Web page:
To understand how foraging decisions impact individual fitness of herbivores, nutritional ecologists must consider the complex in vivo dynamics of nutrient–nutrient interactions and nutrient–toxin interactions associated with foraging. Mathematical modeling has long been used to make foraging predictions (e.g. optimal foraging theory) but has largely been restricted to a single currency (e.g. energy) or using simple indices of nutrition (e.g. fecal nitrogen) without full consideration of physiologically based interactions among numerous co-ingested phytochemicals. Here, we describe a physiologically based model (PBM) that provides a mechanistic link between foraging decisions and demographic consequences. Including physiological mechanisms of absorption, digestion and metabolism of phytochemicals in PBMs allows us to estimate concentrations of ingested and interacting phytochemicals in the body. Estimated phytochemical concentrations more accurately link intake of phytochemicals to changes in individual fitness than measures of intake alone. Further, we illustrate how estimated physiological parameters can be integrated with the geometric framework of nutrition and into integral projection models and agent-based models to predict fitness and population responses of vertebrate herbivores to ingested phytochemicals. The PBMs will improve our ability to understand the foraging decisions of vertebrate herbivores and consequences of those decisions and may help identify key physiological mechanisms that underlie diet-based ecological adaptations.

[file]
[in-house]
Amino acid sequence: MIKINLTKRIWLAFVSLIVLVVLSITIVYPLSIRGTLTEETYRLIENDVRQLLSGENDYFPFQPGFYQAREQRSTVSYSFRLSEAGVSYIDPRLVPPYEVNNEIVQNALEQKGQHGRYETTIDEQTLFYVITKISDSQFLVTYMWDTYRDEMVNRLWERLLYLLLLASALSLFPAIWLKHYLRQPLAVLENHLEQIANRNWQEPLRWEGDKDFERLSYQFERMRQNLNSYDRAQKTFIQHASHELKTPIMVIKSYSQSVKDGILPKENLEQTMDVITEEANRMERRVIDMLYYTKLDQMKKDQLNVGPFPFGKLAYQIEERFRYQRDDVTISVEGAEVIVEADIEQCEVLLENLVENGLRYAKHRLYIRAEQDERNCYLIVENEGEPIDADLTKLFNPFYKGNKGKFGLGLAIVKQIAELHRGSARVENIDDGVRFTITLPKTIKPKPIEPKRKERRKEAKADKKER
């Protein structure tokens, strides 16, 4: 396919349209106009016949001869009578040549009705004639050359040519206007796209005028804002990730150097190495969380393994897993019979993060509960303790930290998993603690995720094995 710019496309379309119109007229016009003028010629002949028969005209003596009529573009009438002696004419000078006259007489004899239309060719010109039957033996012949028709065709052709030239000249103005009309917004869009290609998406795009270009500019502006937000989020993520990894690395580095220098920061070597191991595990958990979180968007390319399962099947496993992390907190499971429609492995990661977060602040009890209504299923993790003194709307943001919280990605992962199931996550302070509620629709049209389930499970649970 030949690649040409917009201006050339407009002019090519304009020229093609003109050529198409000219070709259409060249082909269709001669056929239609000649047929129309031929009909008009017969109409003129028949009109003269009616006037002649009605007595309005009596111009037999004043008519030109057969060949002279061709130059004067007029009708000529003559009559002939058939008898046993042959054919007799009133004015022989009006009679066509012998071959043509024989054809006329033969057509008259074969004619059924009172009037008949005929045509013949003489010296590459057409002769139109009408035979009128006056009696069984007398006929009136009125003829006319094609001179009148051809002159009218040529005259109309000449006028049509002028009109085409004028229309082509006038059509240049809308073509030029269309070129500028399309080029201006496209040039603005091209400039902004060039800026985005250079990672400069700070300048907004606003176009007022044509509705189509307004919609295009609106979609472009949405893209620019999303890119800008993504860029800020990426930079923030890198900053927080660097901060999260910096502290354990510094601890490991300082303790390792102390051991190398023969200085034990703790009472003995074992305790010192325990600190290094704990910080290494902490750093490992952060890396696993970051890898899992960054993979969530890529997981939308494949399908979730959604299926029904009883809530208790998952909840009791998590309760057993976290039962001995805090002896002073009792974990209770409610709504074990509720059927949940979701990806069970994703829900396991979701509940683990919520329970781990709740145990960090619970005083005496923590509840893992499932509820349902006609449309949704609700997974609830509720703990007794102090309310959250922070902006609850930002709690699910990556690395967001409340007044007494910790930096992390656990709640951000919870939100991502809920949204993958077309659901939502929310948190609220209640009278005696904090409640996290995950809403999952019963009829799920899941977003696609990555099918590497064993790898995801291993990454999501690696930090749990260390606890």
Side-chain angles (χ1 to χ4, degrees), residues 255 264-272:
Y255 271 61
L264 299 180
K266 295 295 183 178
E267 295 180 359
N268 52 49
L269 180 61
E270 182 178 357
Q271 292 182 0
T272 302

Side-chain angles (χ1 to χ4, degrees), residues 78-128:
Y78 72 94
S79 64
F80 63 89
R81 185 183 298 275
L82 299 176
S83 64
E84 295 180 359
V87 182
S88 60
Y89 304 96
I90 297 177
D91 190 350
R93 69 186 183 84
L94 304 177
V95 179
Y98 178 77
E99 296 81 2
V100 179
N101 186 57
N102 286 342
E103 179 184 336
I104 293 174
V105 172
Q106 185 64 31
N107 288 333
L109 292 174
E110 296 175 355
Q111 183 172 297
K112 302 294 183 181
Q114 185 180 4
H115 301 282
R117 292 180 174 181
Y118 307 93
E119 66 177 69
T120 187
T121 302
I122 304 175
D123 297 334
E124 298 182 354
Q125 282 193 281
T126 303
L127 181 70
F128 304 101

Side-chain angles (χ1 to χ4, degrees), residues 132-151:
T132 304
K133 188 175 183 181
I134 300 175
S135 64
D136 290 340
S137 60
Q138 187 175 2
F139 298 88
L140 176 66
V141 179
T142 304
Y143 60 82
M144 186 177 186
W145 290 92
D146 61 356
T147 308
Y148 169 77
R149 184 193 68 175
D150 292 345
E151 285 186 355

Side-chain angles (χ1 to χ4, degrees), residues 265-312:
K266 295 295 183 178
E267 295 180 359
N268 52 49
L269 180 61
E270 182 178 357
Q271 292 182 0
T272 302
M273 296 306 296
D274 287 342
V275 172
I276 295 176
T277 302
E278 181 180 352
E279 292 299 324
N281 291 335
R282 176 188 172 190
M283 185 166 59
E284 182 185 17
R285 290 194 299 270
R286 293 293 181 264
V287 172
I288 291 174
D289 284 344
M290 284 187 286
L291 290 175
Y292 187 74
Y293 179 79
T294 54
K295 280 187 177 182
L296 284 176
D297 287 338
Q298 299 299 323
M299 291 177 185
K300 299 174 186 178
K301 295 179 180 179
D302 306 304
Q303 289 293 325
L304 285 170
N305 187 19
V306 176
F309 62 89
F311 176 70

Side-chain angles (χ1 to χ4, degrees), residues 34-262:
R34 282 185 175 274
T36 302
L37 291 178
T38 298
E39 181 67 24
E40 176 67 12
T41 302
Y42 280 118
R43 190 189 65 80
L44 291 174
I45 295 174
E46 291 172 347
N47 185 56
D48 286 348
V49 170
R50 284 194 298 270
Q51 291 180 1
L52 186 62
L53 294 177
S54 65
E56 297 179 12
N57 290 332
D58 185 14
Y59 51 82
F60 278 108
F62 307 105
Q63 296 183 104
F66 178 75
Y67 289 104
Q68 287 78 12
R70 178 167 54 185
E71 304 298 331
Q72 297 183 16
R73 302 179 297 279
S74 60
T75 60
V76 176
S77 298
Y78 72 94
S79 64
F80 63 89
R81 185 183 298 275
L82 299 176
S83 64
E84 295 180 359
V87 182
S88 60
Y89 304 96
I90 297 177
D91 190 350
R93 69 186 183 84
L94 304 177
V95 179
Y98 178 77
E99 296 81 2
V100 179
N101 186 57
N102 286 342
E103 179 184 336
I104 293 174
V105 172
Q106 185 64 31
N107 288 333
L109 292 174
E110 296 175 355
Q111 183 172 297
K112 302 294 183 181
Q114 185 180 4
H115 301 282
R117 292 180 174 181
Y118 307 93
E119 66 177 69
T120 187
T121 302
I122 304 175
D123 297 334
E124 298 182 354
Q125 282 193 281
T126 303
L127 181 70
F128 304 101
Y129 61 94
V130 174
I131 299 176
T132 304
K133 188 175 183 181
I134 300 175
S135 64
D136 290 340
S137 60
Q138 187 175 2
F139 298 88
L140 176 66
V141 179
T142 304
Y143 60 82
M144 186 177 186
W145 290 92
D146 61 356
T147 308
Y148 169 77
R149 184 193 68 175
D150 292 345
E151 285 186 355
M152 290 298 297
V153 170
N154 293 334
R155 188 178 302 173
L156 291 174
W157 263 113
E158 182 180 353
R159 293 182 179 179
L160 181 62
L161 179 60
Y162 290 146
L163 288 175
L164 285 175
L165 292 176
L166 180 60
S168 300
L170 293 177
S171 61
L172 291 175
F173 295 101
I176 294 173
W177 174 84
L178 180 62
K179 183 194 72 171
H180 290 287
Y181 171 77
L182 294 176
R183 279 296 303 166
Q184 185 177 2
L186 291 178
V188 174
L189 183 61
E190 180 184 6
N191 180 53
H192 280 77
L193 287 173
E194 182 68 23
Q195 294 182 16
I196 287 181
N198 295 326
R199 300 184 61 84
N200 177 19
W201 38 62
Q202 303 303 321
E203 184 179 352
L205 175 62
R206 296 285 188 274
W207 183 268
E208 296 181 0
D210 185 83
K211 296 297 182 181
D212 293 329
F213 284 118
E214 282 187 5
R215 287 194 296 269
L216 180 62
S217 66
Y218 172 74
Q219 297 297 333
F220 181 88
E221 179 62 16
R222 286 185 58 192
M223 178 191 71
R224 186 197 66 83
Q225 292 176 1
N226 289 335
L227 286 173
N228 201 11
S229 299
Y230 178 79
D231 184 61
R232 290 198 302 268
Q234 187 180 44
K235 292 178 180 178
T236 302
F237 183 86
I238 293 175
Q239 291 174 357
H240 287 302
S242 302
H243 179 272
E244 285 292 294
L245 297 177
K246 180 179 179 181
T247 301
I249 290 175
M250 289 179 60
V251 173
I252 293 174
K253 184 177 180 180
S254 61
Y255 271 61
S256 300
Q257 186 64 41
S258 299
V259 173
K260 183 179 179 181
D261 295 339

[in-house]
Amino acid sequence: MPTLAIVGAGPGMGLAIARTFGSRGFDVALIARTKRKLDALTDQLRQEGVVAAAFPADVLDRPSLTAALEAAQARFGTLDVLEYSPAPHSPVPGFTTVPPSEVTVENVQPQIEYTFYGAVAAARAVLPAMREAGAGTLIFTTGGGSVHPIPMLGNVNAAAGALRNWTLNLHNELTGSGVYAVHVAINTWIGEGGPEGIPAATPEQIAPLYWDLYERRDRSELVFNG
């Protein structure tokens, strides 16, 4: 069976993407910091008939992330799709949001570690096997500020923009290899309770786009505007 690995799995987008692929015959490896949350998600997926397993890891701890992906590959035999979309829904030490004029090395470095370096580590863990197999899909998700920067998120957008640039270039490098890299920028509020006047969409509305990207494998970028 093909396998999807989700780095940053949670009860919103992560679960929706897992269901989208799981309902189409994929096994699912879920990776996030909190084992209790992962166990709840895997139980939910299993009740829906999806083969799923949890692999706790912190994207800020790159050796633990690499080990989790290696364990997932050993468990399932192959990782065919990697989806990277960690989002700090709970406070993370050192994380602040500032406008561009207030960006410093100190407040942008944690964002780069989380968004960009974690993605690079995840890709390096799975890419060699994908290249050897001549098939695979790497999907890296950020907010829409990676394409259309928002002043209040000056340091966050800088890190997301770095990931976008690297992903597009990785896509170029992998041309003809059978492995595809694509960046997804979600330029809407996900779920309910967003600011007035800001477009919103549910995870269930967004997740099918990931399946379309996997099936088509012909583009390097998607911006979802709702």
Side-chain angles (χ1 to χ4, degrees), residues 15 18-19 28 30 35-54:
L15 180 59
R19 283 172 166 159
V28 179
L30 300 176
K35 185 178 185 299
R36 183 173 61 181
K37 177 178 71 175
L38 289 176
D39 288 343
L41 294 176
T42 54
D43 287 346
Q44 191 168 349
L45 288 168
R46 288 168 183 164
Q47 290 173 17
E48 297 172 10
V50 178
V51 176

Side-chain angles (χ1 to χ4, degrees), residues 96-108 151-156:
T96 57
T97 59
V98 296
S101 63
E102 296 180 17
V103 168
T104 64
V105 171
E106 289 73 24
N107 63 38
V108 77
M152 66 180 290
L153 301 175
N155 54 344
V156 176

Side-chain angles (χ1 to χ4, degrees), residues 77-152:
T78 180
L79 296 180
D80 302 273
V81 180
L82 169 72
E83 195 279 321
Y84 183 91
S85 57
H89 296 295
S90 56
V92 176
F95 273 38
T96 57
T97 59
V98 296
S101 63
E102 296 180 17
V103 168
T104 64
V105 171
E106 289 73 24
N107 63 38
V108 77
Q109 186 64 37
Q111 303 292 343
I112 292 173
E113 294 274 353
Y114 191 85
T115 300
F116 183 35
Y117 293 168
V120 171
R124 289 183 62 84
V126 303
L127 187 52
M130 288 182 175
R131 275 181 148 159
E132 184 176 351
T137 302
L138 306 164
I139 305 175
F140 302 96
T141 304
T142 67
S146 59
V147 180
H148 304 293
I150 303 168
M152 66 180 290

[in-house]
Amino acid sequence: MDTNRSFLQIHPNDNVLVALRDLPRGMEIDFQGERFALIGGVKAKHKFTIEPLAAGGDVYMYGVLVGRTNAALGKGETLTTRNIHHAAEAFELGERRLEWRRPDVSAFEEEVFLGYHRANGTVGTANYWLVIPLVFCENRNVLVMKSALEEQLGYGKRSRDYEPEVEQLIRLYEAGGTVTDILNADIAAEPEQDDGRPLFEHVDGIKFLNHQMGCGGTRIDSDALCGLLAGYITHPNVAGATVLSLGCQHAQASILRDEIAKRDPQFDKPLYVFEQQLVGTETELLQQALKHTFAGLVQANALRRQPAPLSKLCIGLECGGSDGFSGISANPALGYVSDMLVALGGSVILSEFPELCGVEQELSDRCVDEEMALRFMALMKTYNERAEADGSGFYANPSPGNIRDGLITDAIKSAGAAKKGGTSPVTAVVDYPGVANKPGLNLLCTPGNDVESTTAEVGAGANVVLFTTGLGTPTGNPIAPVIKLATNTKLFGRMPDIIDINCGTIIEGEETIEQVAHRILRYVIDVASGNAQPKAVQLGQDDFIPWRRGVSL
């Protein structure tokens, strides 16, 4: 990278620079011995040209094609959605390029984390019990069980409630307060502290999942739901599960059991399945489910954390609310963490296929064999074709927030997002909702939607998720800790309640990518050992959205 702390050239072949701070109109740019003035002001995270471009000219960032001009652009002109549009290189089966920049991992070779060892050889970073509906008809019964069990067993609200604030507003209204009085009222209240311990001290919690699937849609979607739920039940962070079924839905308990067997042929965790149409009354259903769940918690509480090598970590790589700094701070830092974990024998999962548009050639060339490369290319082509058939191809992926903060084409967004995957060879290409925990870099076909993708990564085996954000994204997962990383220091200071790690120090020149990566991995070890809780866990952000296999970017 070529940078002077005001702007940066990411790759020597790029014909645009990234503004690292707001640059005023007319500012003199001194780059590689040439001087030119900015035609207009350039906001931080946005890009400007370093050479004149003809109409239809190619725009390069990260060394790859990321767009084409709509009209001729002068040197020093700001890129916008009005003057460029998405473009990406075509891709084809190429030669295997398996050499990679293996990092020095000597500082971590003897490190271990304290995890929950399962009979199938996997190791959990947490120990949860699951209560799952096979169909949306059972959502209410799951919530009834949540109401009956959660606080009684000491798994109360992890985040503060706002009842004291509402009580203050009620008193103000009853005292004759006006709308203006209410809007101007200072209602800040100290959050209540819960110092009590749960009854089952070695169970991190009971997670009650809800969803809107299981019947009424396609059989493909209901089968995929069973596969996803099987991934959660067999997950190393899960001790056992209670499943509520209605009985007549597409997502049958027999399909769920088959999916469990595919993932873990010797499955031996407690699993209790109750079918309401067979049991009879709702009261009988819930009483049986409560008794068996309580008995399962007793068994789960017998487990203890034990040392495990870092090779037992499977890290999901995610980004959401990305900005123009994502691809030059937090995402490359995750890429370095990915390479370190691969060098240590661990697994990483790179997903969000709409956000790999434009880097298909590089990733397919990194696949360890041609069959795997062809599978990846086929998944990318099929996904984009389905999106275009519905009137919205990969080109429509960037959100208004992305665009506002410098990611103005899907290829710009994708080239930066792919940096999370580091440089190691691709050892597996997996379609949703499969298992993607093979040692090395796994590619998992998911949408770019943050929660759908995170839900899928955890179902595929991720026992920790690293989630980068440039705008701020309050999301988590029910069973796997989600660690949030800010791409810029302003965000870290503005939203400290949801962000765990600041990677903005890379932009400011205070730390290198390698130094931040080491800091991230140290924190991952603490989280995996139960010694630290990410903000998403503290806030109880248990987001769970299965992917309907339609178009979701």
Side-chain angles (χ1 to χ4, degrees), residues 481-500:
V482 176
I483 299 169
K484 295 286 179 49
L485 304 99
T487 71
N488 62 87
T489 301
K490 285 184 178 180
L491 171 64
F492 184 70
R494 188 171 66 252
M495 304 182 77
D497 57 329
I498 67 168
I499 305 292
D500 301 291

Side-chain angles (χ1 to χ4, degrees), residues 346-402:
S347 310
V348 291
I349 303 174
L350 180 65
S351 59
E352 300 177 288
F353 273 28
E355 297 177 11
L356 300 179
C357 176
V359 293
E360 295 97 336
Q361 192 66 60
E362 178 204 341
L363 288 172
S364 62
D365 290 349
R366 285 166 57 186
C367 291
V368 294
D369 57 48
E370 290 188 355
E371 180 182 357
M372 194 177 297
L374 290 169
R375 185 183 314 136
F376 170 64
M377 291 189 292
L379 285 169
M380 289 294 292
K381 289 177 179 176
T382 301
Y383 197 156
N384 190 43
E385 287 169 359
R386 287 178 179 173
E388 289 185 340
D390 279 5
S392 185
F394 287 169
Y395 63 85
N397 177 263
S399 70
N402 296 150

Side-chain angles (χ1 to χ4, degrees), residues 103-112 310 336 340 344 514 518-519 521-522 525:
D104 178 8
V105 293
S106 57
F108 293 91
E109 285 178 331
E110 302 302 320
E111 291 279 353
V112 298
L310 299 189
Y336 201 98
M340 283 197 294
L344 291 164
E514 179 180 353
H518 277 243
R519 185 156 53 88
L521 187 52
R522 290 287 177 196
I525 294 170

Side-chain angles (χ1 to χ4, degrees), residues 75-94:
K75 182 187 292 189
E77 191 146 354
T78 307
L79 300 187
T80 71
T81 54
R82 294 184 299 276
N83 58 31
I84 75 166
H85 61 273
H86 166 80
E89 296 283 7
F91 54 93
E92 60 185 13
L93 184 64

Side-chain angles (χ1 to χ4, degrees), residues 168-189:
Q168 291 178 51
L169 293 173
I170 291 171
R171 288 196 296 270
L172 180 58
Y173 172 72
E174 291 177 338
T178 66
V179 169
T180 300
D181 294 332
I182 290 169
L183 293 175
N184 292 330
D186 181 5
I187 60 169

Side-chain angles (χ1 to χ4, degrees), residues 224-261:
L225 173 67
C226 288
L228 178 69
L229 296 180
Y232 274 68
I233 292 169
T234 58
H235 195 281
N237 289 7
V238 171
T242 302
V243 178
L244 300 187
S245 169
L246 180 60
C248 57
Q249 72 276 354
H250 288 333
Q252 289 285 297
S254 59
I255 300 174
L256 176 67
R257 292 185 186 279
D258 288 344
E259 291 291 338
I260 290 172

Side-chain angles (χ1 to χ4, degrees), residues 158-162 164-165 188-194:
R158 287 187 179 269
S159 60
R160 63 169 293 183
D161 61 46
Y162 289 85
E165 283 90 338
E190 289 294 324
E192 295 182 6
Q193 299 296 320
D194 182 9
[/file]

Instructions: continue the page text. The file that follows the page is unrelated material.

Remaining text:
Introduction: Intubation is one of the highest-risk procedures performed in the ED. Few Canadian centres monitor intubation frequency, indications, methods used, success, and/or complication rates. An airway registry that tracks patient outcomes and variation in practice would be a valuable quality improvement (QI) tool. We describe the development of the BC-Airway Registry for Emergencies (BCARE) network, an emergency intubation database at two tertiary-care and one community hospital. Methods: Respiratory Therapists (RTs) are present at every intubation outside of the OR and complete a standardized post-intubation form. The airway forms were developed collaboratively with input from RTs, emergency physicians, intensivists, and anesthetists. Completed forms are collected from participating sites and data is entered into a secure online database where patient outcomes are analyzed in real-time. Results: We collected data from 737 unique intubations over 19 months with ongoing enrolment at the time of abstract submission. Mean age was 59.4 (Range 17-95, SD 17.6), Male 66.2%, intubation locations were ED (396, 53.7%), ICU (221, 30.0%), Ward (120, 16.3%). The most common indications for ED intubation were ICH/stroke (14.6%), seizure (10.9%), and sepsis (9.5%). Intubations are done by attending physicians more frequently in the ED (48.0%) compared to in the ICU (11.8%), and ward (8.6%). ED intubations were more commonly performed using video laryngoscopy (57.7%) with a smaller proportion using direct laryngoscopy (39.0%). First-pass success was 81.8% in the ED, 79.2% in the ICU, and 77.5% on the wards. Of ED intubations, 56 (14.1%) had complications and 73 (18.4%) were considered to be a difficult airway. Conclusion: The BCARE network tracks intubation performance across hospitals and is a valuable QI tool. BCARE can be used to ensure that all centres are meeting a benchmark success rate, for assessing the impact of practice changes such as pre-intubation checklists, and for implementing systematic methods to identify patients who previously had a “difficult airway.”